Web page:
2011 may prove to be a tricky year. A historic recession combined with aggressive supermarket loss-leading alcohol sales have seen the food and drink trade in Glasgow suffer greatly. Add to this the difficult oil-and-water mix of running a high-end food operation out of a bustling and loud music bar and you’ve got your work cut out. But the new year brings with it new projects, from Hebridean seaweed and honey bees to Highland beef, so there’s still much to be explored and championed from the islands, down here in the big city. And if I can keep doing that then I’m happy to do so until that particular well runs dry.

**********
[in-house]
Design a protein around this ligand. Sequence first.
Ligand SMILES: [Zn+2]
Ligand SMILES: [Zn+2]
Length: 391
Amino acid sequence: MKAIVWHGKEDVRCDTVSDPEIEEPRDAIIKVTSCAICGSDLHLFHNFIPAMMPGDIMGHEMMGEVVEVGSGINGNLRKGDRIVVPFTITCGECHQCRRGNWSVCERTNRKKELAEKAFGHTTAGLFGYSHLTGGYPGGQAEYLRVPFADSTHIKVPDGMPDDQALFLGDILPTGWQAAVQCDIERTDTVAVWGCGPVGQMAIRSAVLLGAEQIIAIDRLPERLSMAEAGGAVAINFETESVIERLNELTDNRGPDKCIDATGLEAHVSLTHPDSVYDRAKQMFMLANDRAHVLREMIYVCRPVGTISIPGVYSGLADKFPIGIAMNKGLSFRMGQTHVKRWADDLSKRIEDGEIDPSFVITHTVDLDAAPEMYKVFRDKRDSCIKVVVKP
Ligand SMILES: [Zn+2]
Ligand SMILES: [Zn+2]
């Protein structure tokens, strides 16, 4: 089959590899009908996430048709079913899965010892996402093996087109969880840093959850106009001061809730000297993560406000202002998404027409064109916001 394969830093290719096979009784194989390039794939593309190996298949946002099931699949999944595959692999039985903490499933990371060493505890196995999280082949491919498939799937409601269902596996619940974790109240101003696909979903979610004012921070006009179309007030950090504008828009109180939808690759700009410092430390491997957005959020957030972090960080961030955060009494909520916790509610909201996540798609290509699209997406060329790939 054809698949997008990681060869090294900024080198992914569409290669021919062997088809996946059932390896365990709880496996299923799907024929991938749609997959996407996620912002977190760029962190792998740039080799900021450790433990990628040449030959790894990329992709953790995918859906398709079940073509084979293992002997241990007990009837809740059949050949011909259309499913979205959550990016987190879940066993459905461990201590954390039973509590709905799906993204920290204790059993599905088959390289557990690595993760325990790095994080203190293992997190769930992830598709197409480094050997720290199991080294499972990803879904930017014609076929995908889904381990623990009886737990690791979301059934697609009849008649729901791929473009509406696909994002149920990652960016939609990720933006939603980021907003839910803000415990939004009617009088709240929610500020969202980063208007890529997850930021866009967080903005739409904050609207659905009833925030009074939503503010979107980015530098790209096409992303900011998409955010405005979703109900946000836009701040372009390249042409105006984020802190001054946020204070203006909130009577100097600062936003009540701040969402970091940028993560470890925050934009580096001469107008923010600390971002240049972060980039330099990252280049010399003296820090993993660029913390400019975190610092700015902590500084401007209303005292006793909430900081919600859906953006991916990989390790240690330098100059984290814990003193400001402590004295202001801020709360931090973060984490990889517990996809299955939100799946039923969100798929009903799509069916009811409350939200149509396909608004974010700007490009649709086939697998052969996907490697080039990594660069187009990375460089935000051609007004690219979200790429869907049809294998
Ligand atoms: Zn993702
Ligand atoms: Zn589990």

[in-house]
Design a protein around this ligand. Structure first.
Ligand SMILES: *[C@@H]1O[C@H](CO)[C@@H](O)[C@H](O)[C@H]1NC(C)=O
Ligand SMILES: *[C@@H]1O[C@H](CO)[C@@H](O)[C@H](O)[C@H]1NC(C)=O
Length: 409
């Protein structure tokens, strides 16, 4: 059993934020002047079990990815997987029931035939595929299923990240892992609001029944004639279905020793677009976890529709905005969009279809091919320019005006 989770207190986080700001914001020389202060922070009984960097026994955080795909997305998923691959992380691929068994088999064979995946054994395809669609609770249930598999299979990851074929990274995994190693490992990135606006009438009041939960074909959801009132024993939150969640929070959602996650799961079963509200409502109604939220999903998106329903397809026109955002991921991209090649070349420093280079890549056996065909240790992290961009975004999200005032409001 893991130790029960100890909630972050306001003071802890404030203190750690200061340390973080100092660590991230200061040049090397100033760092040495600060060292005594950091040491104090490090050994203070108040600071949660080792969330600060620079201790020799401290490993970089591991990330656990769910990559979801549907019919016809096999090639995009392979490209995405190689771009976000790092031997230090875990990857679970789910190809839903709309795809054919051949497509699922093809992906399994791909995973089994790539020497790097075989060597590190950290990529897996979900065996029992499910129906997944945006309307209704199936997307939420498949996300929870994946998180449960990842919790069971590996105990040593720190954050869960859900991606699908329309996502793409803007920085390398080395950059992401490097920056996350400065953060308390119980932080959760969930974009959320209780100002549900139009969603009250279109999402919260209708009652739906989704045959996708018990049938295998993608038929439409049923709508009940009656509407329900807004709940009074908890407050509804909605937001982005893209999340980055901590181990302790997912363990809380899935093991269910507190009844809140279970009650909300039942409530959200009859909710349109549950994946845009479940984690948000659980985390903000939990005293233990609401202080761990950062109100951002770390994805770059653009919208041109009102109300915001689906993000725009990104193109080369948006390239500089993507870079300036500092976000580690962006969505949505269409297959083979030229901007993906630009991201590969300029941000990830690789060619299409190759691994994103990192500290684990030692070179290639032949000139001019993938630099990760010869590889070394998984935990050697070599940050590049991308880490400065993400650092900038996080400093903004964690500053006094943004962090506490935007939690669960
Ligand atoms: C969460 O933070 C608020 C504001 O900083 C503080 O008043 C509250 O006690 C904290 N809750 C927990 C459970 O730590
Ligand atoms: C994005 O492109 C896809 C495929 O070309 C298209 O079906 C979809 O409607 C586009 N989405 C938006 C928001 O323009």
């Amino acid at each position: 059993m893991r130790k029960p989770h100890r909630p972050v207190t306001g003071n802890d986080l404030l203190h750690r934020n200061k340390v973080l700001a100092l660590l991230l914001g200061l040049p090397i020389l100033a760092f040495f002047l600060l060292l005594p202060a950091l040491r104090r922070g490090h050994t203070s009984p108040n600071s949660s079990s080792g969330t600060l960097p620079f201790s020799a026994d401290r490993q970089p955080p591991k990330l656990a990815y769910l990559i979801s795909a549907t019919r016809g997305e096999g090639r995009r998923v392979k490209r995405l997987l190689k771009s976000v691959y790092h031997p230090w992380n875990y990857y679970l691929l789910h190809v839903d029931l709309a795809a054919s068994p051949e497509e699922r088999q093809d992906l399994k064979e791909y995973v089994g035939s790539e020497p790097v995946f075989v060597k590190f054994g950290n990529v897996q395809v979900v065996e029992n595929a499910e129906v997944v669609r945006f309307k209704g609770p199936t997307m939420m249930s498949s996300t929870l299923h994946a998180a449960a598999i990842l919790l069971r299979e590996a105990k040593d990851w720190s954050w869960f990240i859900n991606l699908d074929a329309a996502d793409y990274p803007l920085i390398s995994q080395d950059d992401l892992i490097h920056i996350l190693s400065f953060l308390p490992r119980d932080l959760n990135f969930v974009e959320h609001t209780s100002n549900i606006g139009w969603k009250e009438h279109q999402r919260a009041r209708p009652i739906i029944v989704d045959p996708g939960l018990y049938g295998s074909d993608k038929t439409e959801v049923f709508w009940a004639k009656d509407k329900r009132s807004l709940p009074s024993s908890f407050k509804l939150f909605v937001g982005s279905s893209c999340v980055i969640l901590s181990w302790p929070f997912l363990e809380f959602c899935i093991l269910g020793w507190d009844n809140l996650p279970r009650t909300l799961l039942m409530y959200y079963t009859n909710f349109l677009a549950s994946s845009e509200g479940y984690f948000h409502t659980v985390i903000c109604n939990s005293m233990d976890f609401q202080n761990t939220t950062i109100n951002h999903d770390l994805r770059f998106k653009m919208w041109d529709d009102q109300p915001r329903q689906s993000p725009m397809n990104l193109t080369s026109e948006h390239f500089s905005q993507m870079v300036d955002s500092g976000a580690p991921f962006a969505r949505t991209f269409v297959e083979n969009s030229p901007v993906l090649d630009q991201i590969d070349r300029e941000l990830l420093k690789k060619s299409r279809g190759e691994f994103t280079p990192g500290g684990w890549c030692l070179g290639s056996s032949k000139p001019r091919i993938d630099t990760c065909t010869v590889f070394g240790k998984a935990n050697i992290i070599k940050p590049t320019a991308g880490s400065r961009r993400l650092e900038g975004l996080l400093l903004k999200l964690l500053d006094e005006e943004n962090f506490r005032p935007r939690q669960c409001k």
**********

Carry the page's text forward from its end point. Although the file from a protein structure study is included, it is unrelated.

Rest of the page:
If you haven’t been in, then please do so, it’s different if nothing else. The chef is an incredibly talented and open-minded man who takes to new ingredients and ideas with great gastro gusto. If he can make an oily, baby gannet taste good, just imagine what he does with prime lamb, beef and seafood. The staff are relaxed, friendly and becoming more knowledgeable and adept with the unusual dishes with every passing week. The Harris Tweed is warm and comfortable and if we can keep the volume down on the (excellent) house bands and music once in a while you’ll be guaranteed a good night to go with your good company.
And if not you now know who to complain to…
(If this has piqued your interest, look out for a more detailed and in-depth take on the MacSorley’s history and island story in the WHFP in the near future).